The mysterious root poison devil’s foot root (Radix pedis diaboli), first seen in Arthur Conan Doyle’s The Adventure of the Devil’s Foot, has not yet found its way either into the pharmacopoeia or into the literature of toxicology. Then again, it would not be as famous as it is today if it had instead appeared in the toxicological literature of the time.

The devil’s foot root remains fictitious – but it masks historical realities. As Dr Sterndale, the tale’s criminal-physician, reports, the poison is found nowhere in Europe “save for one sample in a laboratory at Buda”. The root is semi-anthropomorphised in that it is “shaped like a foot, half human, half goatlike; hence the fanciful name given by a botanical missionary”. According to Dr Sterndale, Radix pedis diaboli is “used as an ordeal poison by the medicine-men in certain districts of West Africa”, where it is jealously guarded. The doctor himself found his sample while travelling in “the Ubangi country”.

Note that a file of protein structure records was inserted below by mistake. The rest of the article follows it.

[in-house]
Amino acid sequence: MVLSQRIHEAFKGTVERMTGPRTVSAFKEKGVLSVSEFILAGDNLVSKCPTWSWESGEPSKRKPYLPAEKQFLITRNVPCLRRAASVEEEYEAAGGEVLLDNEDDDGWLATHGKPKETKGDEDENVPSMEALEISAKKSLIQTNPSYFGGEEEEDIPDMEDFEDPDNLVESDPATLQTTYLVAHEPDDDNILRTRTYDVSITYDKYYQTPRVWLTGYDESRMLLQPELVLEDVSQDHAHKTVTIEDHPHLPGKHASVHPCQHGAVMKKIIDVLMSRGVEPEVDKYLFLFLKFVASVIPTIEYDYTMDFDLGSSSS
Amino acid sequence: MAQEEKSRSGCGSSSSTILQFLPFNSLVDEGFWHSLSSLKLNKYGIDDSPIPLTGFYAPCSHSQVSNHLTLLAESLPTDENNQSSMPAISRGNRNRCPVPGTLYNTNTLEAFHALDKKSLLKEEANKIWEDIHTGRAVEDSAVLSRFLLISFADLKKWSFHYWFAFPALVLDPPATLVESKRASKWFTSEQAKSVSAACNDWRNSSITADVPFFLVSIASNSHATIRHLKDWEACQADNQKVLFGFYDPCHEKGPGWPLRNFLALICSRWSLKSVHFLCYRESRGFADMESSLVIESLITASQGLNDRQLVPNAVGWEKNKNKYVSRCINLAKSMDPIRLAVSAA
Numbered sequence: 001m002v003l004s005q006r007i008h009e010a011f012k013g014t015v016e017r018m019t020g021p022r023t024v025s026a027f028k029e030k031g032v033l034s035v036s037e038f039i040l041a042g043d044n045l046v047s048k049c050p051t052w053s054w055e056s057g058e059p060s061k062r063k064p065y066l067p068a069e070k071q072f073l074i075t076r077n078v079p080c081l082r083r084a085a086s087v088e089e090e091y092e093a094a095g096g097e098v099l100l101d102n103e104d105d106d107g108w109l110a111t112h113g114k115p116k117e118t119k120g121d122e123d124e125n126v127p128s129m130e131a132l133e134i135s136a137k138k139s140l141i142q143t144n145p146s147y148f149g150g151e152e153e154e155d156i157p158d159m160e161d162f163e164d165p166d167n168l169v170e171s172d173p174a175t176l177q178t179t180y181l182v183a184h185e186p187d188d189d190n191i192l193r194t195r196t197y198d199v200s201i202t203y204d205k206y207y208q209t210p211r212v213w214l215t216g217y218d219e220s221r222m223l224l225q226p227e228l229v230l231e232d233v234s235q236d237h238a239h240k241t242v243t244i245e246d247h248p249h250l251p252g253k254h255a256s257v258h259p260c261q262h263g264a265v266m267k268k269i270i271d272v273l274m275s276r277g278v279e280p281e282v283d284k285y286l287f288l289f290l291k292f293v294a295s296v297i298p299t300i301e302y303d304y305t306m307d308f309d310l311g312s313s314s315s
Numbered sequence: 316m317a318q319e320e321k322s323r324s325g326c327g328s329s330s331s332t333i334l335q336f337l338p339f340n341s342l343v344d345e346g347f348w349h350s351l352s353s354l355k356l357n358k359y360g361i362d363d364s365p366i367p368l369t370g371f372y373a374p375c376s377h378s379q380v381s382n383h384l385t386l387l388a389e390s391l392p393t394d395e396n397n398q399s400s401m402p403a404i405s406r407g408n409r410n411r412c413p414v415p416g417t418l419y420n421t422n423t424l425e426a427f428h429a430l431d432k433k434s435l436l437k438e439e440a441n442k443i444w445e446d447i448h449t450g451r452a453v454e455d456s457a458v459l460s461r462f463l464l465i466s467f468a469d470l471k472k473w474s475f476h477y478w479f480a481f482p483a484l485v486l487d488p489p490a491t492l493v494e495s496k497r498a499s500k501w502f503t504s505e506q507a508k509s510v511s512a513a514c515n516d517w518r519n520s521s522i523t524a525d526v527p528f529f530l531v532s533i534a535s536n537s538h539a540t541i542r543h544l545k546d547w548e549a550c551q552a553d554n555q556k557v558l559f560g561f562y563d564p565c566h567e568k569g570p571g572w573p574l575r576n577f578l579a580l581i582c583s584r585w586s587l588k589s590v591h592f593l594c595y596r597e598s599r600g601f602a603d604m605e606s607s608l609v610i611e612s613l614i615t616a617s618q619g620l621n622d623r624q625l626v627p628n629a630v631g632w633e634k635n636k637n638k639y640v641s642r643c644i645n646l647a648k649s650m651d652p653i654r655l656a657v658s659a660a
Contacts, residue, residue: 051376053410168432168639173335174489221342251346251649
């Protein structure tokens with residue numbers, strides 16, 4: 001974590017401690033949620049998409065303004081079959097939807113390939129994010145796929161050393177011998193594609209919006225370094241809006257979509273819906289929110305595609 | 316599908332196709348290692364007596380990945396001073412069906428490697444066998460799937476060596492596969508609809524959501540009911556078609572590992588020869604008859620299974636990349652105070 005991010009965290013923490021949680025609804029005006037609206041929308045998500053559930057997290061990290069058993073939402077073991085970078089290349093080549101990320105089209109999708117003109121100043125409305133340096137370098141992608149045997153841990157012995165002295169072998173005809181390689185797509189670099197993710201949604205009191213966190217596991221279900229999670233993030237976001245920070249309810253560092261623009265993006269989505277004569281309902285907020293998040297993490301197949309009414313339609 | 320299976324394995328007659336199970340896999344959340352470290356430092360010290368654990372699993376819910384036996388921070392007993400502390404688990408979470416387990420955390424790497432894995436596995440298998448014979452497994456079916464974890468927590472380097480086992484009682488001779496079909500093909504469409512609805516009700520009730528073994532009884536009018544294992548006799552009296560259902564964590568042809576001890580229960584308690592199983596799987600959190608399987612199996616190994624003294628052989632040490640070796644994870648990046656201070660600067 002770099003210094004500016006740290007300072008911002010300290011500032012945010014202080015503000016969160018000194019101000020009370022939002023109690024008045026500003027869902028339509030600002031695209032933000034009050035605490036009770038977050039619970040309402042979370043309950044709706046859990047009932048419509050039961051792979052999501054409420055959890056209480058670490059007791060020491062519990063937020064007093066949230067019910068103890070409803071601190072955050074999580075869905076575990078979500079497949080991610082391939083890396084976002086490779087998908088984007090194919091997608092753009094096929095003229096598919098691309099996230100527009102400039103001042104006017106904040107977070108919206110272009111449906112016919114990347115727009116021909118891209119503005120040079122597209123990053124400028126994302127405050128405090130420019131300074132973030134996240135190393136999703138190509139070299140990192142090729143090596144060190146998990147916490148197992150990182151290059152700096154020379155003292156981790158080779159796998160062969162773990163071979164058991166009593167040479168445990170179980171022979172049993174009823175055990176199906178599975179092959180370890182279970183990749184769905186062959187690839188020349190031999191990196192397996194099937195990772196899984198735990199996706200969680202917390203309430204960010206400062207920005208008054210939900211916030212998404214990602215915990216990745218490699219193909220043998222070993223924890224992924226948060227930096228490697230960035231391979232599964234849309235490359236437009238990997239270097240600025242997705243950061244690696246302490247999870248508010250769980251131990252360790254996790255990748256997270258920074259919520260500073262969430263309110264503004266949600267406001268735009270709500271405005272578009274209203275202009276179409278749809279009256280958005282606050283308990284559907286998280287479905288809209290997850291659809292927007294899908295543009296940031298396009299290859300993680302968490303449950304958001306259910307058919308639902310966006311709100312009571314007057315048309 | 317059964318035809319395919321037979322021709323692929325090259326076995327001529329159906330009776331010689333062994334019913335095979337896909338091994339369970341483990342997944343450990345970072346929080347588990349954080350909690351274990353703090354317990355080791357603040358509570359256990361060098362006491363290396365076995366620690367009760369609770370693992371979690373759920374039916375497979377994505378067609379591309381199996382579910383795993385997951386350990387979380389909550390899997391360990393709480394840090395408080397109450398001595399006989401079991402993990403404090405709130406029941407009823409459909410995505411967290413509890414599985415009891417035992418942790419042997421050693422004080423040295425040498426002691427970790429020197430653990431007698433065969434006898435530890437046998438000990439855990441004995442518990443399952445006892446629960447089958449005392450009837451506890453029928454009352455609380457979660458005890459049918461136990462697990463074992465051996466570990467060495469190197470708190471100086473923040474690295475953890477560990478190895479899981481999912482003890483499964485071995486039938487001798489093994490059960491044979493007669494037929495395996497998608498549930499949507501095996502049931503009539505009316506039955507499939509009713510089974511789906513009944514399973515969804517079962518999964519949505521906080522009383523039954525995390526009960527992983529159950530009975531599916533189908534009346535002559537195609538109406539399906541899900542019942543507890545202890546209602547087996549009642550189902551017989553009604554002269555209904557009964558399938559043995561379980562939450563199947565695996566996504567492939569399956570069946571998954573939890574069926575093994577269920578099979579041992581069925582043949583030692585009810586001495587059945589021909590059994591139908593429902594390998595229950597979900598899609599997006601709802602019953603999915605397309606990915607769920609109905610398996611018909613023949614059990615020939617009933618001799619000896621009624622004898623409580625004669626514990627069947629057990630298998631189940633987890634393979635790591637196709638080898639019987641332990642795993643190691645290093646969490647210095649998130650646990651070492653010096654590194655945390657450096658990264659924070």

Through its very definition, the poison conjures spectres of an unseen land and its own unseen presence or liminality, like a ghost, as Jacques Derrida would say, that “never dies, it remains always to come and to come-back”. One of the ghosts that lurks in the devil’s foot root is the idea of the British Indian Empire.



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